Southern Africa Travel Guide
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A brief, brief history of South Africa
Country: South Africa
The history of Southern African started long before Nelson Mandela, Jan van Riebeeck or Bartolomeu Dias were born. The Khoisan have lived here for thousands of years and the “oldest tribe in the world” has left fascinating archeological finds behind. But the history of southern Africa doesn’t start there either as the region was already inhabited long before the first homo sapiens…
THE EARLY, EARLY DAYS
Southern Africa is one large archeological treasure chest: from the first evidence of life (blue-green algae of about 3.5 billion years old) to tons of dinosaur fossils and the oldest remains of modern man, about 100 thousand years old. People interested in prehistory should really consider the World Heritage Site of the Cradle of Humankind (Gauteng) and the West Coast Fossil Park in Langebaan (Western Cape).
Commonly referred to as Hottentots and Bushmen, the Khoikhoi-gatherers and San-hunters are probably the oldest tribes on planet earth! The tribes have co-existed harmoniously for about 40 thousand years. The Khoisan as the two tribes are collectively know, have left rock art all over the region. Some survived over 25 thousand years of harsh erosion. Places of interest: Tsodilo Hills Botswana and the many, many rock art sites of southern Africa.
Around 500 AD the first black people moved into sub-sahara Africa. These so-called Bantu tribes had an advanced Iron Age culture and were seasoned herdsmen. In fact the immigration happened over a long period and involved many tribes that still exist today, like the Xhosa, Zulu, Swazi and Ndebele. Some rock art of the Khoisan display black men, making them the only ‘records’ of this undocumented era. The prevalence of clicks in the Xhosa and Zulu are also an indication of an age old interaction with the Khoisan.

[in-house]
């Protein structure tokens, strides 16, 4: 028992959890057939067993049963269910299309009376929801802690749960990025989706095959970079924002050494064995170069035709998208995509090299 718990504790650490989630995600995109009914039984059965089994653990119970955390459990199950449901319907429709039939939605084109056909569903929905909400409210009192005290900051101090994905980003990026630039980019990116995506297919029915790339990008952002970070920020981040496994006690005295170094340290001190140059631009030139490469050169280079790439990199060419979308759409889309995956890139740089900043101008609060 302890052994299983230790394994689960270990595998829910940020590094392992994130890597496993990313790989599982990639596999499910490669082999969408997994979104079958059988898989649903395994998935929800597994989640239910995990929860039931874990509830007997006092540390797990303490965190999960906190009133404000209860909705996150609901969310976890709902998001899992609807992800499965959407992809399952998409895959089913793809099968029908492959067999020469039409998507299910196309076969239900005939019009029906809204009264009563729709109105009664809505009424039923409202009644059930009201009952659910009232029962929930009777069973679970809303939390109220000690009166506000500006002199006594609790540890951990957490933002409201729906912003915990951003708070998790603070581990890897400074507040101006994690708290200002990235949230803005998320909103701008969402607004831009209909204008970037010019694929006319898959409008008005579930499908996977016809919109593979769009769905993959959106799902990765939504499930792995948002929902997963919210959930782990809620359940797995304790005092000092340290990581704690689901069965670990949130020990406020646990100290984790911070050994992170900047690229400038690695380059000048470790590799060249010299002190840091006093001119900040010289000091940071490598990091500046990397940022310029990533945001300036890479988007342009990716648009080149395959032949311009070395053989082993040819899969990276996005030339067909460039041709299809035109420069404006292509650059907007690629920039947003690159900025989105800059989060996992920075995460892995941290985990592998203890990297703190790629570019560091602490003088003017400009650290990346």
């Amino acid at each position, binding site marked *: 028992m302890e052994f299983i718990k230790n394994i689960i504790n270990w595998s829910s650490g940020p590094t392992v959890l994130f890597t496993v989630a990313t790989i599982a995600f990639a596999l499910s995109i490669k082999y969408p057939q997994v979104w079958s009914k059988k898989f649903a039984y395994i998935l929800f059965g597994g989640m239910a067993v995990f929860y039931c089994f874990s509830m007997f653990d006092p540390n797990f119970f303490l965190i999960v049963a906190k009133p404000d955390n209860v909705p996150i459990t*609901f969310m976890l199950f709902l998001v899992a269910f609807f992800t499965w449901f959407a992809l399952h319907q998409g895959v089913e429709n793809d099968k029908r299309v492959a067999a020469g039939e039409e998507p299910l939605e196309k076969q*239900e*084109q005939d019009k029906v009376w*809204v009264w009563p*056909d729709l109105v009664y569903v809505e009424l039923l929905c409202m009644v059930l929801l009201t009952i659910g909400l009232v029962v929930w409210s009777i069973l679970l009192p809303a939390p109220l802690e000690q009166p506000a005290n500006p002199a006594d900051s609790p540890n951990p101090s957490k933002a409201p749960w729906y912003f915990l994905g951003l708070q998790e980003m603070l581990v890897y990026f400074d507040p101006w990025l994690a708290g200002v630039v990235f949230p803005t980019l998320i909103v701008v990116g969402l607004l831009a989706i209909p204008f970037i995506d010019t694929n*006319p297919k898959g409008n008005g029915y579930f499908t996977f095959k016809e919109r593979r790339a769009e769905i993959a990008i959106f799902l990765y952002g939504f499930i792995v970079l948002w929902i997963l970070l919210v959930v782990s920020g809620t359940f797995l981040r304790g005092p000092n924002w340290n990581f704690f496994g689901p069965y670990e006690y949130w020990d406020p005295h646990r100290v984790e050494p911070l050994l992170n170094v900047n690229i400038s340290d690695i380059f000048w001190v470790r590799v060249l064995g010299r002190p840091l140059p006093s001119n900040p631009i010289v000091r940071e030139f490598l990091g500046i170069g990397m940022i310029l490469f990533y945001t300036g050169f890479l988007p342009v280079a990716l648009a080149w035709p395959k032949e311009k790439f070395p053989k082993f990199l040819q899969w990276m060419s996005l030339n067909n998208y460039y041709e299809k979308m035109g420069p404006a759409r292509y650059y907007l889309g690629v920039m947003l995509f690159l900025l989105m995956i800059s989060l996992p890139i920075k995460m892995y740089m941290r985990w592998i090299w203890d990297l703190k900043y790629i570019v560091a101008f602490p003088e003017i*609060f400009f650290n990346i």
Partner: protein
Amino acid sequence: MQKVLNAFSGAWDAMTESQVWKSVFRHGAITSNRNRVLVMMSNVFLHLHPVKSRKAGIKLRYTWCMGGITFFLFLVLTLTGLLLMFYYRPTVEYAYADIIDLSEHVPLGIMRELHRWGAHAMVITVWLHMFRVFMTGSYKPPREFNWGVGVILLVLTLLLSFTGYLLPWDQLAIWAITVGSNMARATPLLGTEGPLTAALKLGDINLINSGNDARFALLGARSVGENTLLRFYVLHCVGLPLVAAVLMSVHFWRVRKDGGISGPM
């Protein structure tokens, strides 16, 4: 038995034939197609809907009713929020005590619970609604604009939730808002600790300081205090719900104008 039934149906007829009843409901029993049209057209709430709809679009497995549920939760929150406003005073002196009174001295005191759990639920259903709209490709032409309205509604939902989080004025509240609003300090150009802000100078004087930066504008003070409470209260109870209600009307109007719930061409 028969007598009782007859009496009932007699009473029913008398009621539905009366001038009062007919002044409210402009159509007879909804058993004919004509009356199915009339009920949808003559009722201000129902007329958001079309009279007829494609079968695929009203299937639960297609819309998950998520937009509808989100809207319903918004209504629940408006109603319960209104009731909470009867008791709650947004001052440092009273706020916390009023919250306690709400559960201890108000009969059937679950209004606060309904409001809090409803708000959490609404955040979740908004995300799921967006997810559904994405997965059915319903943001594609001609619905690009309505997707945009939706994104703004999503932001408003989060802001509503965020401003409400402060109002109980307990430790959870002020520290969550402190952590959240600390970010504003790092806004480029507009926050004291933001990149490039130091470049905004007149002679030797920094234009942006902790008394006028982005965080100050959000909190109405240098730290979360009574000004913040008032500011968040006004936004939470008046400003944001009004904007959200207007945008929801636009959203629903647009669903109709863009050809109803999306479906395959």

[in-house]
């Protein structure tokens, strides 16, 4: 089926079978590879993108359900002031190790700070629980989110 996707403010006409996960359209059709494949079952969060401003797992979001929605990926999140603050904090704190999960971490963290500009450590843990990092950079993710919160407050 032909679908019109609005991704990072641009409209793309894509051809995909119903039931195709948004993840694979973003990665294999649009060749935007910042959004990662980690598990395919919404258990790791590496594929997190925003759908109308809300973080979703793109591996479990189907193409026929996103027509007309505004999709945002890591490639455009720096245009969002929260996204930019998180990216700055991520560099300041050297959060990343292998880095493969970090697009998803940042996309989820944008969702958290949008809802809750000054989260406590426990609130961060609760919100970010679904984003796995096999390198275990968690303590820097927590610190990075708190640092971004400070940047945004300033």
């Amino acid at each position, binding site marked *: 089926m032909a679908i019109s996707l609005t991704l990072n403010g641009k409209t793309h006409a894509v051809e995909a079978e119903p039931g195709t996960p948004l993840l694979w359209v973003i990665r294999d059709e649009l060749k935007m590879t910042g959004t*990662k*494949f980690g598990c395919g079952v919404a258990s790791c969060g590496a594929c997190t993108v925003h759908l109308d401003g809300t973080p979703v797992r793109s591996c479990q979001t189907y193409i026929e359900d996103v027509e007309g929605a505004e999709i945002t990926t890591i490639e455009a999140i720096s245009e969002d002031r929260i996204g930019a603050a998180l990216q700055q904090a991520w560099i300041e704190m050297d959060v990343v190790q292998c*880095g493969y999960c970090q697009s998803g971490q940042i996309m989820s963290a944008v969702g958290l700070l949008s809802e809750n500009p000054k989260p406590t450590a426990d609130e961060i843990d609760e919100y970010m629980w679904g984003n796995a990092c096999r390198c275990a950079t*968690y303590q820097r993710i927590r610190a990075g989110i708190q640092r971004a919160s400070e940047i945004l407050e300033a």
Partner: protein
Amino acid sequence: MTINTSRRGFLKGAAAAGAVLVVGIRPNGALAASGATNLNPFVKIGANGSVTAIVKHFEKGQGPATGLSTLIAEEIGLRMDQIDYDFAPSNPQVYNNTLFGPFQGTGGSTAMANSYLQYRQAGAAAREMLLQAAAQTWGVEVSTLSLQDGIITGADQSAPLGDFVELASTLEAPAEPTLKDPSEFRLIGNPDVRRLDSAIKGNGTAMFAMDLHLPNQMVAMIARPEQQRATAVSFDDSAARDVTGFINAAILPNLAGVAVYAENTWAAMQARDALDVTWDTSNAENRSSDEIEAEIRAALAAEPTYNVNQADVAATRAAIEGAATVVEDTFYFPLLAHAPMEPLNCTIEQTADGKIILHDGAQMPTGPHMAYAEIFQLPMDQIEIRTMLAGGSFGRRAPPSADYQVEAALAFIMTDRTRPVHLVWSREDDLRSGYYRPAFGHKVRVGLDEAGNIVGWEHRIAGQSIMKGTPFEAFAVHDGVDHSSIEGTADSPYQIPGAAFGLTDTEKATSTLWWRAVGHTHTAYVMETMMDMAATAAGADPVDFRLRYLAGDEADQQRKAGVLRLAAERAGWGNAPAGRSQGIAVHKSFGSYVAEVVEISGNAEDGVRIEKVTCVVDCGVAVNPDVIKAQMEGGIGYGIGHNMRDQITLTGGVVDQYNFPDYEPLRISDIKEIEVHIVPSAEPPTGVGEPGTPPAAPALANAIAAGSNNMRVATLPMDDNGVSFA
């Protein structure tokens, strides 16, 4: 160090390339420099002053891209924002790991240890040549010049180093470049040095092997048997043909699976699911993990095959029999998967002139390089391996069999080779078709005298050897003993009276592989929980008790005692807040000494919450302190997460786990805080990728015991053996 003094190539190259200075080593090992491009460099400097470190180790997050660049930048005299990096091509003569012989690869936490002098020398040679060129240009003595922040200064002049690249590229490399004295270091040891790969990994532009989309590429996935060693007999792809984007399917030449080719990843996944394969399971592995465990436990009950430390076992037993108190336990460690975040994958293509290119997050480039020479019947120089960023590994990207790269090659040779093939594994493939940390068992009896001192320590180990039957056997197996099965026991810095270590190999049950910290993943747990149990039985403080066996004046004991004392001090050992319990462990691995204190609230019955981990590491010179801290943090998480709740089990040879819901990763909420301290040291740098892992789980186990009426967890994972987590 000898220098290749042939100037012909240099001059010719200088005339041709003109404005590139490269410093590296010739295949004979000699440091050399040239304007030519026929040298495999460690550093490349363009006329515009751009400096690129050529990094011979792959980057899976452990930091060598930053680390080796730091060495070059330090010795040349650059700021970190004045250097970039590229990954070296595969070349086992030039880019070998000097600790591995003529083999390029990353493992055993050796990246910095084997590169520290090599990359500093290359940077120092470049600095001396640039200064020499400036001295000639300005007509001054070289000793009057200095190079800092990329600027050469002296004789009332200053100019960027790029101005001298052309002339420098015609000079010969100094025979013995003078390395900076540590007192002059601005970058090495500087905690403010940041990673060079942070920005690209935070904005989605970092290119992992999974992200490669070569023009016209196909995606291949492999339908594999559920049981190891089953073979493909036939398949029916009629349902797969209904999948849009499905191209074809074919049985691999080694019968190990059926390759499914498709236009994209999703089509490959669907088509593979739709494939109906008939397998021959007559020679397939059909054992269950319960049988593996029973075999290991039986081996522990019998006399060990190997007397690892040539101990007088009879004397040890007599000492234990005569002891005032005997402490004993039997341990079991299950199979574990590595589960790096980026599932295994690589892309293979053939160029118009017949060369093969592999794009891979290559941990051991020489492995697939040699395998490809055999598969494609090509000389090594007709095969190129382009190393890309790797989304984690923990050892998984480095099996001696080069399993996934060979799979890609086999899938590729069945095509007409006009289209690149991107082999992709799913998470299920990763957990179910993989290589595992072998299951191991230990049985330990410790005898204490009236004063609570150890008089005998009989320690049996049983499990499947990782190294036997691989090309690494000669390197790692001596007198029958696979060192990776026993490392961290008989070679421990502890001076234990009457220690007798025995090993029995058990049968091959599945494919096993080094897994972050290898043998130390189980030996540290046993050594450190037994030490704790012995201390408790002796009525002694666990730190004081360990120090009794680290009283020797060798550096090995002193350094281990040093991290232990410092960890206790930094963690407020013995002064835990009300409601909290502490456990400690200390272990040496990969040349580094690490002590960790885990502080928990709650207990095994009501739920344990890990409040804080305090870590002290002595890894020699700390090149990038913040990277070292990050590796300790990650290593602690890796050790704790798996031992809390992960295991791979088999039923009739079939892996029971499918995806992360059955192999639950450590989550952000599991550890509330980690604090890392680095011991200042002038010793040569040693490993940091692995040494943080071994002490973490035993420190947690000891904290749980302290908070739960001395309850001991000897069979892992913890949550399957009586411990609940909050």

The concept of divine leadership and chieftaincy existed in southern Africa long before the first kings of the world were crowned. Around the year 1050, around what is now called the Limpopo river, a kingdom arose named Mapungubwe. The stronghold flourished due to extensive trade with Muslim merchants. Historical evidence proves that traders from as far as China came to Mapungubwe with valuables like porcelain. Places of interest: the Mapungubwe World Heritage Site.
WHITE EXPLORERS & COLONISTS
Portuguese explorers Bortolomeu Dias and Vasco Da Gama were the first to respectively discover and circumvent the Cape of Good Hope at the end of the 15th century. But the Dutch East India Company (VOC) were the first to show interest in the Cape as a potential settlement. In 1652 Jan van Riebeeck became the first governor of the Cape Colony. In those days Cape Town and surrounds was regarded as merely a restock station en route to the East. Places of interest: Castle of Good Hope in Cape Town (although it was built a few years after Jan van Riebeeck left), Cape Point Nature Reserve and the Dias Museum in Mossel Bay that includes the “Post Office Tree”.
In 1806 the English took over control of the Cape from the Dutch. The nineteenth century saw the abolition of slavery and the consequent “trek” of Afrikaners, the rise of the Zulu military and the settlement of more British in the Cape. The discovery of gold and diamonds at the end of the century resulted in many battles between the “Boers”, British and Zulu. South Africa had become more than a mere port of call. Places of interest: the KwaZulu-Natal Battlefields, Voortrekker Monument in Pretoria.
After lengthy conflicts, “Boers” an “Brits” form the Union of South Africa in 1910. In an electoral landslide the National Party seizes power in 1948 and institutes apartheid, a system designed to segregate races in South Africa. People are forcefully removed from their homes and moved to informal settlements. When police opens fire on unarmed school children in 1976, the world has had enough. With the beginning of the boycotts, apartheid’s days are numbered. Places of interest: Apartheidmuseum in Johannesburg, District Six (museum) in Cape Town, Robben Island.
In 1990 the system is abolished and in 1994 Nelson Mandela is elected the very first democratically elected president of South Africa. Efforts of national building and the Truth & Reconciliation Committee have led to a stable democracy.
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